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Automating Configuration Auditing

Posted March 15, 2011    Morey Haber

????????I want to discuss a rather simple use case with my readers that until recently, had a rather complex solution. Consider you are a major airline, corporation, or even a local government with thousands of systems that should be identical from a configuration perspective. These could be airline check-in kiosks, a call center handling support calls, or a state or local government agency with a standard image for desktops and laptops. How do (or did) you verify the configuration of these assets on a regular basis?

While the concept may sound simple, checking all of these systems manually is completely unfeasible and using agent-based technology or dedicated configuration compliance scanning appliances were the only choices for verifying individual system settings on a regular basis. These solutions were traditionally very expensive and could be labor intensive to install, configure, and maintain. A rather simple problem for configuration assessment became a complex problem to implement.

Recently, Microsoft released the Security Compliance Manager (SCM) {2010} which allows you to import Security Configuration Benchmarks from Microsoft’s own Best Practice Guidelines (or other third-party solutions) and review them using an interactive user interface shown below:

 

The SCM interface allows you to highlight an operating system or application and review individual recommended security configurations settings by system role. A user can go into any of the settings as illustrated below and change the settings to meet their corporate policy. While this procedure may sound tedious, a user only needs to do it once for each configuration template they need to follow. For the most part, corporate policies match these settings and are similar to standards published by CIS, DISA (in terms of STIGS), and USGCB. Only minor modifications are normally needed for your organization and if you are unsure of which settings to choose, Microsoft has given clear guidance into each value in order for you to make an intelligent decision regarding the proper default value.

Once you have completed all of the edits, you are now only a few mouse clicks away from using an agentless network scanner technology for performing a configuration compliance assessment. Something that had not been possible before. Microsoft has added to SCM that ability to export all of the settings to a certified SCAP OVAL CAB file. The screen illustrates this using the Action menu on the left hand side. After you save the file, you are almost ready to perform an automated configuration assessment.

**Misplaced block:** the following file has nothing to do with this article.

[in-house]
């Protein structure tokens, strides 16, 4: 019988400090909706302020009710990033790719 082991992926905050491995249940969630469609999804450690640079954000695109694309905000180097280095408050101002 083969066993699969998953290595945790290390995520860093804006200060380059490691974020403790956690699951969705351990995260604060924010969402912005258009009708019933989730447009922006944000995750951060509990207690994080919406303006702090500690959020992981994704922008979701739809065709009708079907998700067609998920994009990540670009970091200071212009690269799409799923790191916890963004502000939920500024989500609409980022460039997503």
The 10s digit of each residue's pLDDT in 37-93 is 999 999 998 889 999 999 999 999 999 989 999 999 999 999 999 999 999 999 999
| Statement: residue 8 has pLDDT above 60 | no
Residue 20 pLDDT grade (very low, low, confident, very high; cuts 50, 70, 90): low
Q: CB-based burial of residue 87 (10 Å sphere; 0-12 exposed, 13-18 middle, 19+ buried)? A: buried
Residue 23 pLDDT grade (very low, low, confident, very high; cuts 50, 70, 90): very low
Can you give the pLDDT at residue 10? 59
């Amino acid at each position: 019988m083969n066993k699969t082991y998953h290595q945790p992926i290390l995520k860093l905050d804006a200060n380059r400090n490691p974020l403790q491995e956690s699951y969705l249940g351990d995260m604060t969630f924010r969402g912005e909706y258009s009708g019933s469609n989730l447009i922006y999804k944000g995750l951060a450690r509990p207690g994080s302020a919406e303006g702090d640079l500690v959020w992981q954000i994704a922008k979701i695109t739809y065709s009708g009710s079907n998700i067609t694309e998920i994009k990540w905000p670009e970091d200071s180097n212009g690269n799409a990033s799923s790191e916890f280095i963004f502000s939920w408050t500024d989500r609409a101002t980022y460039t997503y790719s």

Retina CS contains a certified SCAP scanning engine. Within the management console, a user can import a third-party CAB file from other sources like SCM. The screenshot below illustrates how to import the newly created corporate policy file for a Windows 7 Desktop asset. In addition, Retina CS ships with 50 default templates from FDCC, USGCB, Microsoft, and DISA to enable rapid configuration assessment using already established configuration benchmark guidelines.

Once the file is imported, it is registered and available just like any other SCAP template for a Configuration Compliance Benchmark scan. Retina will scan all the targets in the range using this benchmark and provide a SCAP compliant report and XCCDF files, for review and integration into other SCAP compliant products. Retina has taken the complex problem of configuration compliance benchmark assessment from the realm of costly agents and appliances to a single solution that can be managed via a network vulnerability assessment scanner. Organizations no longer need to deploy and architect complex monitoring systems for this simple task. Retina can do it for you. For more information on Retina CS and automating Configuration Compliance Benchmarks, please click here.

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